Friday, April 26, 2013

W IS FOR WIECHMAN


by Kathy Cannon Wiechman

Growing up as Kathy Cannon, I didn’t hear my name mispronounced or misspelled. “Cannon like the gun,” I said.

I first met Jim Wiechman when I was 13, and he pronounced his name WEEK-MUN. (My German grandma said the rule is to pronounce the second vowel—IE sounds like E. Actually, German rule would pronounce it VEEK-MUN with W pronounced like a V and that guttural K sound like coughing up a fur ball.)

WIKE-MUN is what I usually hear. People who have known me on a first-name basis for many years still think my last name is pronounced that way.

A few years after we’d met, Jim began pronouncing his name WEECH-MUN (CH as in church). I asked why he changed it. He said his two brothers had changed it, and since they would pass on the family name, he felt they should be consistent. No problem. But of course, that was before I knew it would become MY name.

I didn’t learn until much later that Jim’s brother’s first wife is the one who changed it to follow American phonetic rules. I also learned that some of Jim’s sisters resented the change.

Had I known, I’d have happily been a WEEK-MUN. But by the time I learned the story of the change, Jim and I had been married for 25 years and had four children, and we’d called ourselves WEECH-MUN all that time. It was too late to change it back.
So, now married to Jim for four decades, I am Kathy Cannon WEECH-MUN (spelled W-I-E-C-H-M-A-N, I before E, only one N), but I answer to anything close. I understand how difficult it is to tackle a pronunciation when names often don’t follow the rules. And people sometimes change the rules.

Friends have suggested I write under my maiden name to make it easier, but I’m proud to be Jim’s wife, and Wiechman has been my last name more than twice as long as it was Cannon. I’m also proud to be a Cannon, so I use both names. If you’re confused, don’t worry about it. As Shakespeare said, “What’s in a name?”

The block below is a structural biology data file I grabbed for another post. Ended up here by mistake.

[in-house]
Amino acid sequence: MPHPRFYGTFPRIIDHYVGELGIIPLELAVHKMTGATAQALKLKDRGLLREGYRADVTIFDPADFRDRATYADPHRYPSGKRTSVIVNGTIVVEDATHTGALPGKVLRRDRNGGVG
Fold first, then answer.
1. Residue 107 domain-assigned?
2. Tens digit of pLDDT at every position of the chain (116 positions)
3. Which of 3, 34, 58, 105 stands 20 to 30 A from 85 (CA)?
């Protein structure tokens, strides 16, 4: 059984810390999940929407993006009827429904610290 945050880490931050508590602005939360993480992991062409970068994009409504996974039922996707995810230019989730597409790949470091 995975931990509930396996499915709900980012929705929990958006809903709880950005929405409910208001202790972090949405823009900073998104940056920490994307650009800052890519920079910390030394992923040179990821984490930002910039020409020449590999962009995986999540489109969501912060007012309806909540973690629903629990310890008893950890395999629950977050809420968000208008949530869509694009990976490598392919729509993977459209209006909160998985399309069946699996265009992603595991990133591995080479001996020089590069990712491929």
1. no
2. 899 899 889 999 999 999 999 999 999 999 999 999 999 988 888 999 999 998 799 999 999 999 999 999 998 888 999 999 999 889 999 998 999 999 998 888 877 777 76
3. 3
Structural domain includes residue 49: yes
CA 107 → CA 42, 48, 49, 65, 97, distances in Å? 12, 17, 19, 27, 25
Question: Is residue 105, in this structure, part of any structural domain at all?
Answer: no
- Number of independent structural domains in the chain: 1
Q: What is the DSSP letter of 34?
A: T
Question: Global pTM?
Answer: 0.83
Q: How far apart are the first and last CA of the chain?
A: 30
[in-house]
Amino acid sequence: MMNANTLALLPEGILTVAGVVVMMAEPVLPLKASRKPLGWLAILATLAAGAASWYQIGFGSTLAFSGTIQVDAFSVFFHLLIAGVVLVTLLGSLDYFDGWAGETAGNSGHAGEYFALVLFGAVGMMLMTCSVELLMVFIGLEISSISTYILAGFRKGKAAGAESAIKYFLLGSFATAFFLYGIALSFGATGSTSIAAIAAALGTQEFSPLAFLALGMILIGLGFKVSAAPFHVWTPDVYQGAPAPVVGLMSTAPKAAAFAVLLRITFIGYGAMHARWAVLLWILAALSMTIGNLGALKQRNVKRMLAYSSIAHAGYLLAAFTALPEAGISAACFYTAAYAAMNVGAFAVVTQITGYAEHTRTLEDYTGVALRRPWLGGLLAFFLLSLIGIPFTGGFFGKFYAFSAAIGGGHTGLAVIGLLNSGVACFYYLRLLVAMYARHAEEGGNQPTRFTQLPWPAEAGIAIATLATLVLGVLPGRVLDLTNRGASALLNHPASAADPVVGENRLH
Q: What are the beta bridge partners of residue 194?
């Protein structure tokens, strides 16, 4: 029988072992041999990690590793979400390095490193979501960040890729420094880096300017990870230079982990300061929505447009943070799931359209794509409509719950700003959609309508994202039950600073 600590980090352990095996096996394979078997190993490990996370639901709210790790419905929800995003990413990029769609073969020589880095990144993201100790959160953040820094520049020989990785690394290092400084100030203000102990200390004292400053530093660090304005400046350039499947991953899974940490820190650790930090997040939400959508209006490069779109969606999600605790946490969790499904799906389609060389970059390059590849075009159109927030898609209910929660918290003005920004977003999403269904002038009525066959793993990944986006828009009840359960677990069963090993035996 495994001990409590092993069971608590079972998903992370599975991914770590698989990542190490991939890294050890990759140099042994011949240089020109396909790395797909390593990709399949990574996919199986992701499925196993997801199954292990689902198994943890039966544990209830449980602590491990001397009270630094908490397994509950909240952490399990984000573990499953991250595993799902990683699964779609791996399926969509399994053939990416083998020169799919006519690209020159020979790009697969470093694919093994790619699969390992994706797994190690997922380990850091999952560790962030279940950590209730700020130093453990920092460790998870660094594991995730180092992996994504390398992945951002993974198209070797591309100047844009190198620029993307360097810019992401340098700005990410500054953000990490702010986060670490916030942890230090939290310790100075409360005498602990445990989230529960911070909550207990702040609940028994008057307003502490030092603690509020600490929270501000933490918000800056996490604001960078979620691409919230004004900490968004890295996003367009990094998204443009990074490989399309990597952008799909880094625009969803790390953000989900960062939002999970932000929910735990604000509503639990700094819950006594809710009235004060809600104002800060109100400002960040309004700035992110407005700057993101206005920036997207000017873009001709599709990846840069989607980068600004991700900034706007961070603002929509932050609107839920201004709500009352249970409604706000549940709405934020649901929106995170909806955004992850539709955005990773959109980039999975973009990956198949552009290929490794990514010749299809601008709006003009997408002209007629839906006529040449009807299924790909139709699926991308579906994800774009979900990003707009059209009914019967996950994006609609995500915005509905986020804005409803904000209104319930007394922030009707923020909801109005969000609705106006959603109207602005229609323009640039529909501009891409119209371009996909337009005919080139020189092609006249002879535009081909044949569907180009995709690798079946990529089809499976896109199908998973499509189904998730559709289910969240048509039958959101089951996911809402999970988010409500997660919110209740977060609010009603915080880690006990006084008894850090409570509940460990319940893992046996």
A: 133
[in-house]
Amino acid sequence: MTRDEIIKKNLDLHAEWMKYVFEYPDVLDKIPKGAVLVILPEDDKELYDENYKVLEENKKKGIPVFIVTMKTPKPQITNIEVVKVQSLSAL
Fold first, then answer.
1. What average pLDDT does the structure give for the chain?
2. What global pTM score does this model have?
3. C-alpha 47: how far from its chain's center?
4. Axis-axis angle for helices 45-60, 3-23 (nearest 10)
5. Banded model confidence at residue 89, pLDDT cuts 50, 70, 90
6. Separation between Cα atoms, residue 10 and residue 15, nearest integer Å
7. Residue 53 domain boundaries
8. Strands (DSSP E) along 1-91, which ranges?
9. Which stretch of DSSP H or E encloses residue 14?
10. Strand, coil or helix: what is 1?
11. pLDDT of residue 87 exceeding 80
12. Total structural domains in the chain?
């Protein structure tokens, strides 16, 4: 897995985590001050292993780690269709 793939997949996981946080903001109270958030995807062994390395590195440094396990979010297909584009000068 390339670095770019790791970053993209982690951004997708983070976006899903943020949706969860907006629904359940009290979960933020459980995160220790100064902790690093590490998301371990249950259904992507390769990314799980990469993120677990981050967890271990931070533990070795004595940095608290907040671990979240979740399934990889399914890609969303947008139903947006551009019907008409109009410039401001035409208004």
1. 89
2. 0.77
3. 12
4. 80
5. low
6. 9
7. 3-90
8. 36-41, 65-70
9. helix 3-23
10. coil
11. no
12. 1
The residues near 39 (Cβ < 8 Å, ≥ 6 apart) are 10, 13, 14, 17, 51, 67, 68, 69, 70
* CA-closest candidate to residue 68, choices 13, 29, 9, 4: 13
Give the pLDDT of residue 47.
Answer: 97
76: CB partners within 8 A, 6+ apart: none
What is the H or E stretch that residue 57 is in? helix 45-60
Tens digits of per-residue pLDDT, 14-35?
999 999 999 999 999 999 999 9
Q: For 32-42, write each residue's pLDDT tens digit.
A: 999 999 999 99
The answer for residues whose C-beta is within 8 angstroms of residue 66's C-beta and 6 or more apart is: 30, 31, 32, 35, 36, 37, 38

8 comments:

  1. Someone once told me that in German, the first vowel does the walking and the second does the talking. I avoided the entire issue of names 25 years ago but not changing mine. It still surprised me that more young women don't embrace this option. It's so much easier, and I've never regretted it. My daughters have even said they wished they had MY name!

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    1. You make a good point, but "back in the day," my & my husband's family would have been horrified if I hadn't taken his name--however he pronounced it.

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  2. How funny and interesting... and I would totally be one to pronounce it Week-mun. Love the wedding picture ;)

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    1. Thanks. I often think about how young we were back then. A lot of water has passed under that bridge, but for the most part, they've been good years.

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  3. Well I certainly understand. My last name is also German It's supposed to have an umlaut over the "O" and when we visited Austria it did. But here the sound is more like "er" so the name is rarely pronounced the way it should be. And people pronounce it differently depending on what part of Canada they live. We pronounce it with the umlaut and confuses people We are also married about 4 decades :D

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    1. Congratulations on your 4 decades! The US is such a melting pot of nationalities & the names that go with them. I think it's best when I just go with the flow & answer to anything close. Thanks for your comment.

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  4. Such a nice story! And 40+ years of marriage - Wow!

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    1. Thanks. What can I say? I found a good guy.

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